Risk management is an essential component of your retirement plan. In retirement, you want to properly protect the assets that you’ve worked so hard to secure.
Insurance is an important strategy for preserving your savings and protecting your wealth. From homeowners insurance to medical insurance and everything in between, insurance can help you to weather misfortune without depleting your assets.
That said, your insurance needs will likely be different in retirement. There may be policies that don’t serve you anymore or are no longer relevant. If so, you don’t want to be on the hook for a costly monthly premium for an insurance policy that doesn’t make sense for you.
In this article, we’ll explore the type of insurance that are must-haves for retirees, as well as what coverage can likely be left behind.
What Policies Should Retirees Consider Keeping?
There are a few types of insurance policies that retirees should invest in, including health insurance, homeowners or renters insurance, car insurance, and long-term care insurance.
Health insurance is one of the main types of insurance that is critical for retirees. With healthcare costs on the rise, health insurance plays a key role in ensuring that medical costs don’t unexpectedly wipe out your savings.
Retirees who are 65 or older qualify for Medicare. That said, Medicare doesn’t cover all costs, so you may need additional coverage. Medicare Part A often has no premium and comes with a $1,485 annual deductible. Medicare Part B has an average premium of $148.50, plus an additional cost of 20% of all Medicare-approved procedures.
In some cases, retirees may need to purchase additional insurance. This can include a Medicare Advantage plan or supplement plan, prescription drug coverage, or Medicare Part D.
Homeowners or Renters Insurance
For many retirees, their home is their most valuable possession. With this in mind, it’s important to protect where you live by making sure it’s covered by a robust homeowners insurance policy. You’ll likely need to add additional insurance coverage if you live on the water or have a beach home or condo.
Even if you don’t own a home, a renters insurance policy can help you to protect valuable personal property. Renters insurance policies are often much more affordable than homeowners insurance policies since they cover only the interior of an apartment and not the exterior structure.
If you drive a car, car insurance is required in most states. Not only can car insurance protect your finances in the case of an accident, but it can also help to ensure that you can afford car repairs. You can also look into purchasing additional car insurance coverage beyond the minimum requirements for your state. Comprehensive and collision coverage can come in especially handy since they protect your car in the case of accident or theft. For individuals who drive an older car, it may not be necessary, and even expensive, to carry collision insurance.
Long-Term Care Insurance
Since long-term care isn’t covered by Medicare, it’s a good idea to purchase additional long-term care coverage. In South Carolina, the annual cost for long-term care ranged from $47,850 to $94,327.
With costs expected to rise even further over the next several decades, a robust long-term care insurance policy can help to ensure that you are comfortable and well-cared for in the future without burning through your savings.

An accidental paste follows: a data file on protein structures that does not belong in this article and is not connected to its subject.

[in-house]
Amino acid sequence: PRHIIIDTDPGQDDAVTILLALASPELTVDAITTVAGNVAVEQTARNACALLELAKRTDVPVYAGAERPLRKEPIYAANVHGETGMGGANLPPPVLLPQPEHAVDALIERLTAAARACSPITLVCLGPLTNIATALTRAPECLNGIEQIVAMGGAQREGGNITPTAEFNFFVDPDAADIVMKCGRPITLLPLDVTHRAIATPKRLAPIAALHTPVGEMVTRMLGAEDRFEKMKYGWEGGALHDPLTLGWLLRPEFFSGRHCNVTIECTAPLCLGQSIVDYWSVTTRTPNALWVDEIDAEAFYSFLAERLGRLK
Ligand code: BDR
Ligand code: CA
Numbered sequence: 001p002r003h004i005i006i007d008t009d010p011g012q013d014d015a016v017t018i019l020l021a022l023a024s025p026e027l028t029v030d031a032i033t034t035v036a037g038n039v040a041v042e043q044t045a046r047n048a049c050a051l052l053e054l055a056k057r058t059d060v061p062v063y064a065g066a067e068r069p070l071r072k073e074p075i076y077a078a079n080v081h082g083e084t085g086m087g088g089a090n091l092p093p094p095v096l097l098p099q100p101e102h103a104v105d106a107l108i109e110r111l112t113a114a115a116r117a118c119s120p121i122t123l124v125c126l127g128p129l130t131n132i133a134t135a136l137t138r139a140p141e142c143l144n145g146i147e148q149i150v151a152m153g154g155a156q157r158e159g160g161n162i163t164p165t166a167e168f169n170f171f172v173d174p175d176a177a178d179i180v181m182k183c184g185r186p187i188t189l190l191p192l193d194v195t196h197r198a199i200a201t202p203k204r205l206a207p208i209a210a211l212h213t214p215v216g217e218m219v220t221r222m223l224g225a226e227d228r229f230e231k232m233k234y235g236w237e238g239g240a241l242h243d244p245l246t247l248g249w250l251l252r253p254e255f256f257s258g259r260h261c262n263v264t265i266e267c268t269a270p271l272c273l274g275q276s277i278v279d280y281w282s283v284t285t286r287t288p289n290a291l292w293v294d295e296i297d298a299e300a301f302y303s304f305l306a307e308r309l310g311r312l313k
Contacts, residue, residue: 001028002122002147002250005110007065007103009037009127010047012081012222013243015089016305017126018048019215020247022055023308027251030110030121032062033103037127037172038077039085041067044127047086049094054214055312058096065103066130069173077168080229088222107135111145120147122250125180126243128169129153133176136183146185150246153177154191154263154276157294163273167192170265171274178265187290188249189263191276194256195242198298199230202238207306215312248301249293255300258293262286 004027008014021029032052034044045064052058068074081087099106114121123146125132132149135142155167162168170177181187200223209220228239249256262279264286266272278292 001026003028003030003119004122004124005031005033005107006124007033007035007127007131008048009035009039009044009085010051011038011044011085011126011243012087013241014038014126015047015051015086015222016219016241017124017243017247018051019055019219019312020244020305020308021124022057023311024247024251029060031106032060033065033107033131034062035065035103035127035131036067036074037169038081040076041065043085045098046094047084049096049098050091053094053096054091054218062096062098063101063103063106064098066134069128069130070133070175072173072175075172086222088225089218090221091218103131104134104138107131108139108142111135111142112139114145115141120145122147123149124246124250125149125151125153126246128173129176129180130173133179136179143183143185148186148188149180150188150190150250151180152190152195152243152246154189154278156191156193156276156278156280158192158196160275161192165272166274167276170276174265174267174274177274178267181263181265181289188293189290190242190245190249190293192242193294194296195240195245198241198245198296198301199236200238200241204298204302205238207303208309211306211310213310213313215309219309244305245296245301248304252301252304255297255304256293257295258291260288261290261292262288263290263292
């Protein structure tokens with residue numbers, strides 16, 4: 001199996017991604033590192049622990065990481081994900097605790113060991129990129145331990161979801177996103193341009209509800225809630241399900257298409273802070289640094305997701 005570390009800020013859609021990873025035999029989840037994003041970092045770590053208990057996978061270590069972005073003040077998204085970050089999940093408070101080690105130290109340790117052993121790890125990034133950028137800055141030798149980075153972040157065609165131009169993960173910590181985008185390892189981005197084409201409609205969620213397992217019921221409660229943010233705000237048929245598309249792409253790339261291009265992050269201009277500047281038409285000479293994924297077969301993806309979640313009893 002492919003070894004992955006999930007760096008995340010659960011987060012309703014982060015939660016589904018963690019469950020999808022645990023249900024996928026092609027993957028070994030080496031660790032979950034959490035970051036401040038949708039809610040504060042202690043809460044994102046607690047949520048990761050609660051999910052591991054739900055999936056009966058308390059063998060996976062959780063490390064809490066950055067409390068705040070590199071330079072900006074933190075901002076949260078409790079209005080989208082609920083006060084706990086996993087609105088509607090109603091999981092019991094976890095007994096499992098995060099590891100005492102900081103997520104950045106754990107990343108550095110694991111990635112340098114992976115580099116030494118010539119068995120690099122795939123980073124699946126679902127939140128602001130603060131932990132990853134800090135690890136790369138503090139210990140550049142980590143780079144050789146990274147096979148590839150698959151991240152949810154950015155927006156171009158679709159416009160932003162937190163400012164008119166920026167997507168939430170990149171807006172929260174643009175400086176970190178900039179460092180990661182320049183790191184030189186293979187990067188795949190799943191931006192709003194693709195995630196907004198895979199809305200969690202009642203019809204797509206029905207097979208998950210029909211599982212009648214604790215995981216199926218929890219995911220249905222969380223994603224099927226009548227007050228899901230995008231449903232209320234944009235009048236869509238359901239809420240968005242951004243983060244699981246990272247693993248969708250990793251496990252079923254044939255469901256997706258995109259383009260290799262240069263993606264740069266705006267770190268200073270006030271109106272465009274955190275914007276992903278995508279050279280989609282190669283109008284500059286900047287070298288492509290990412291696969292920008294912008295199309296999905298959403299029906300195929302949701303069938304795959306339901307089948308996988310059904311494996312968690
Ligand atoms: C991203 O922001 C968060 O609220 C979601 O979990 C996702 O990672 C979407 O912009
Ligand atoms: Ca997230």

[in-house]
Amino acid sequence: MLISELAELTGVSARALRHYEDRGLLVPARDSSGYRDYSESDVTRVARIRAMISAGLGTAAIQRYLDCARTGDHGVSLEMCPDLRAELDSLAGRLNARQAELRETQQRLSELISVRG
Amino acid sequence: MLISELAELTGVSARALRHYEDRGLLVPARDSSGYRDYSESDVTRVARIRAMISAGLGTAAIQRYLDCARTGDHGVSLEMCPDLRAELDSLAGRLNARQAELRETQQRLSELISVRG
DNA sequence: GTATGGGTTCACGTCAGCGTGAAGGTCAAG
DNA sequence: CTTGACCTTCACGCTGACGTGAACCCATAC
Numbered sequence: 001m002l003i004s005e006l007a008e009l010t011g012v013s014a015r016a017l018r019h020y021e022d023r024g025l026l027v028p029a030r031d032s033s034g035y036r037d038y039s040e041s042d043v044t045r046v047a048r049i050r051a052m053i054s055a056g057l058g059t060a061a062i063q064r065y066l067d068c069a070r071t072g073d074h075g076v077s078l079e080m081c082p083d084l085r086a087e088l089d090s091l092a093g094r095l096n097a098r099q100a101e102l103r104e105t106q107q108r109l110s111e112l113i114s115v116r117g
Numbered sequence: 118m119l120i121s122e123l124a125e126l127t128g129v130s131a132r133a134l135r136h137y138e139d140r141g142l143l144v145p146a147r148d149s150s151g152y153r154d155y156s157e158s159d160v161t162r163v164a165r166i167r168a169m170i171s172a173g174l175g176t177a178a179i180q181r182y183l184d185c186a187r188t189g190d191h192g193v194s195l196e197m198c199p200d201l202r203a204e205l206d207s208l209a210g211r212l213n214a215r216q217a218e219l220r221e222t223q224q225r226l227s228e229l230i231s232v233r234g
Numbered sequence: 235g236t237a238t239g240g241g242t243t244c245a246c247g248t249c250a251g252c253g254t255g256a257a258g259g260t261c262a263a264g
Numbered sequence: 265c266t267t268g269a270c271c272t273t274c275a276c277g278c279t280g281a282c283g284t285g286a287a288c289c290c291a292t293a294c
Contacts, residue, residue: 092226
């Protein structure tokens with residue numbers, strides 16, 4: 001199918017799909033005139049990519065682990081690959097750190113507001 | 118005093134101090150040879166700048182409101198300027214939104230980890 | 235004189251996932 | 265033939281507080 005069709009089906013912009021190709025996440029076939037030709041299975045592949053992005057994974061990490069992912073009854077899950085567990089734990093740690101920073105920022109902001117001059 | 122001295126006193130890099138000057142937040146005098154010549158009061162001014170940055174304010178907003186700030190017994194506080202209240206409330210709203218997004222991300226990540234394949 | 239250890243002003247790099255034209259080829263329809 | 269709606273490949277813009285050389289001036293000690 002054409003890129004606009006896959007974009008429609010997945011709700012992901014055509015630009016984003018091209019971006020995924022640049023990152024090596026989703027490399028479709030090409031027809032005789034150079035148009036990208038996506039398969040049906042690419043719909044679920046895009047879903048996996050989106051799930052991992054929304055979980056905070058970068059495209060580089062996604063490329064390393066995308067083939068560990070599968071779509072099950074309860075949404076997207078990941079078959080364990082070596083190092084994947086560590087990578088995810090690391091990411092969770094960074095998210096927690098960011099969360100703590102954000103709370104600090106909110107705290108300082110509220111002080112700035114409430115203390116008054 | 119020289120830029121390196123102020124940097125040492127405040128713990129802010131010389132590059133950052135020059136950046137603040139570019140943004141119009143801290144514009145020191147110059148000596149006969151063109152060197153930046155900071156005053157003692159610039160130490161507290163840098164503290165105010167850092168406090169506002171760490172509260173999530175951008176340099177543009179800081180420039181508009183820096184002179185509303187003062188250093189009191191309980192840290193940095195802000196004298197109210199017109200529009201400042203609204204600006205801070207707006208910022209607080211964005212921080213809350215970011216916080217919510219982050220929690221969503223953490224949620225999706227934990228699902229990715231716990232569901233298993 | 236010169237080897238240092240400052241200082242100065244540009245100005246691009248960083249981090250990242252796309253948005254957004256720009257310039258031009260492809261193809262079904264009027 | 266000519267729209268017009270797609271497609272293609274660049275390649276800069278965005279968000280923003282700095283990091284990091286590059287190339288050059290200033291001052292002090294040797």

Policies You Can Likely End
Your insurance needs won’t be the same in retirement as they were when you were still working. Here are a few policies that you can probably stop paying for.
If you don’t have young children or other dependents who rely on your income, you may want to consider going without life insurance. You should ensure that your spouse also has sufficient income should you pass away. If you have high debts, you may also want to consider keeping the policies until your loved ones wouldn’t be burdened by the debt any longer.
Whether or not you still need life insurance also depends on your specific policy. Term life insurance expires after a specific period, while whole or universal life insurance lasts until your passing. Permanent life insurance is often used in estate planning to transfer wealth and inheritances to the next generation, so you wouldn’t necessarily want to terminate that policy.
It all depends on your needs, policy specifications, and estate plan.
Disability insurance is designed to cover benefits if you’re unable to earn an income due to disability. For retirees who are no longer working, this policy is likely redundant. You should consider repurposing the funds from your disability insurance policy to a more relevant insurance need, like health insurance or long-term care insurance.
Extra Policies to Consider
There are a few extra policies you might want to consider adding to your insurance repertoire in retirement, including travel insurance and umbrella insurance coverage.
If you plan on traveling the world in your retirement, then travel insurance is a must. Travel insurance can often cover trip cancellation or interruption, medical coverage while traveling, emergency evacuation coverage, and coverage for your baggage and personal belongings.
Personal liability is still an important factor to consider in retirement. Umbrella policies cover beyond what a typical home or auto insurance policy will pay, which can offer you additional protection in the event of an accident.
Before Retirement, Conduct an Insurance Review
Your policies, coverage details, and insurance needs will differ in retirement. It’s critical to build a plan that properly protects your assets while minimizing the amount you spend on insurance premiums.